Fallen is the story of a young man destined to lose the love of his life over and over and over again, every seventeen years. But over the course of the novel, as we see Luce trying to piece together her own scattered memories, we realize that even though Daniel losing her over and over again is a tragedy, Luce losing herself over and over again strikes a deeper chord. All the lives she lived, all the experiences she would have had that she can no longer remember, all of it make up the person she is now.
Questions About Loss
- Which character's backstory do you think is the most tragic?
- How much of the book does Luce really spend morning Trevor's death? Do you think her superficial sense of duty for his loss is real, or do you think that she's taking more of a selfish approach over the loss of her former life at Dover Prep?
- How do Luce's parents handle her going to Sword & Cross? Is their behavior believable, or, as Luce claims, does it really show that they're scared of her?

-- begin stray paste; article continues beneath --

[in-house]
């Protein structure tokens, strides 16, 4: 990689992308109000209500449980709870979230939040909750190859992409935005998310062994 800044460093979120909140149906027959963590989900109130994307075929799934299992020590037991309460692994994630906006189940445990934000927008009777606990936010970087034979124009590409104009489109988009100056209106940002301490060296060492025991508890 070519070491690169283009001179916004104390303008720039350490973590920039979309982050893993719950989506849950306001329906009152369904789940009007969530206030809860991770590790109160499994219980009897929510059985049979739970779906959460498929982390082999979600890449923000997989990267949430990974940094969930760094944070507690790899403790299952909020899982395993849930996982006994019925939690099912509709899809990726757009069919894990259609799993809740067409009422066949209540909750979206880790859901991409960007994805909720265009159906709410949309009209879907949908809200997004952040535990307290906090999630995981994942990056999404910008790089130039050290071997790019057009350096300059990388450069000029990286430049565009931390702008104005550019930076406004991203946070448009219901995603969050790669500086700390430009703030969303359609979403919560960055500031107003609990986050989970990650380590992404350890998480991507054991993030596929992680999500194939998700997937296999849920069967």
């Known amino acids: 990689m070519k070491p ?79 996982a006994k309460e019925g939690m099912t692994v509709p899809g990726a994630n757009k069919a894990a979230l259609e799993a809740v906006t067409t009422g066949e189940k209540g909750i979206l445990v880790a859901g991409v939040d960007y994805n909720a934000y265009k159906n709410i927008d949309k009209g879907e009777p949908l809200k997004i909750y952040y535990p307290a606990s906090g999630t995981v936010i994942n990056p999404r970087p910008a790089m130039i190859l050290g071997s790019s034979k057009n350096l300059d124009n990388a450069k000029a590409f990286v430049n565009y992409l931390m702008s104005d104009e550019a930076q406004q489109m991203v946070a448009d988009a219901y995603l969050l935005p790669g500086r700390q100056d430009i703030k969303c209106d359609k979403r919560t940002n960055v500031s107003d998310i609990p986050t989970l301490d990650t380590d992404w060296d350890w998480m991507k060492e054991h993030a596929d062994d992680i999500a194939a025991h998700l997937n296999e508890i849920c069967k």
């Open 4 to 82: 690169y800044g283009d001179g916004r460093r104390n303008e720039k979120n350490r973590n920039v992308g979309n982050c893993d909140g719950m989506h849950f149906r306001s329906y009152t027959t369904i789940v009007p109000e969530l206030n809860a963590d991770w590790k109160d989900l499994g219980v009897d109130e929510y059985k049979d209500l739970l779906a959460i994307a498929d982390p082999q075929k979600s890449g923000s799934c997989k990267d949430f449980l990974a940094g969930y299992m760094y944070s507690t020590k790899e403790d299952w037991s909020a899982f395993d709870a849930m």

- How does Penn's death at the end of the book tie into this overwhelming sense of loss, and what does it add to the message of the story? Does Luce seem much affected by it, or is Luce more interested in her dating life than in the loss of Penn?
Chew on This
Luce mourns many things during her time at Sword & Cross: her hair, her friendship with Callie, Penn, her parents. But none of that seems to be on her mind as she's getting into a plane with Mr. Cole in the last chapter: she has grown as a character.
The outlawing of cell phones makes it a lot harder not only for the students to communicate quickly with the outside world, but also with each other.